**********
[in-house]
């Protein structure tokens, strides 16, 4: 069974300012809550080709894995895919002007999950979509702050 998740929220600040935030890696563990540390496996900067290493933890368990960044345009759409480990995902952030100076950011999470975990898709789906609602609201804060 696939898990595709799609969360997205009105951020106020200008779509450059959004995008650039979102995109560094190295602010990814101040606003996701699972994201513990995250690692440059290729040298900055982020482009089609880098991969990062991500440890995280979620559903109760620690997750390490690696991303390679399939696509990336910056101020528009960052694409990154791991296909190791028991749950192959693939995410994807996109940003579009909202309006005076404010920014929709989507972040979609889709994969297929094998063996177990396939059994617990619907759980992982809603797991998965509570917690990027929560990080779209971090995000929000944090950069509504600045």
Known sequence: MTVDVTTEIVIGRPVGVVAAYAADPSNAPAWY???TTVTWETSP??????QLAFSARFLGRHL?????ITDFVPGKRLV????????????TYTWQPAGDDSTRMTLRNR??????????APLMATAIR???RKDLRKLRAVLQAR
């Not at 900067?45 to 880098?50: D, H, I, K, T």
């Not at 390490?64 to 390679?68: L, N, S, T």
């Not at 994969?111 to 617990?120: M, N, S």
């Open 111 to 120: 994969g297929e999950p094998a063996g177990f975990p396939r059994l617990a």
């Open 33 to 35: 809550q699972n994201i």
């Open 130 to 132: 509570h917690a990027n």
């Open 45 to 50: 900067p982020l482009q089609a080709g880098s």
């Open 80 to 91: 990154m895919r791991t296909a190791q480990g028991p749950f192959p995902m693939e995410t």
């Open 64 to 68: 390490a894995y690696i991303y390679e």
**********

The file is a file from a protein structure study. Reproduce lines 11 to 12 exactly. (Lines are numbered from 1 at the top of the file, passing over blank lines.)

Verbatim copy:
């Open 80 to 91: 990154m895919r791991t296909a190791q480990g028991p749950f192959p995902m693939e995410t």
């Open 64 to 68: 390490a894995y690696i991303y390679e």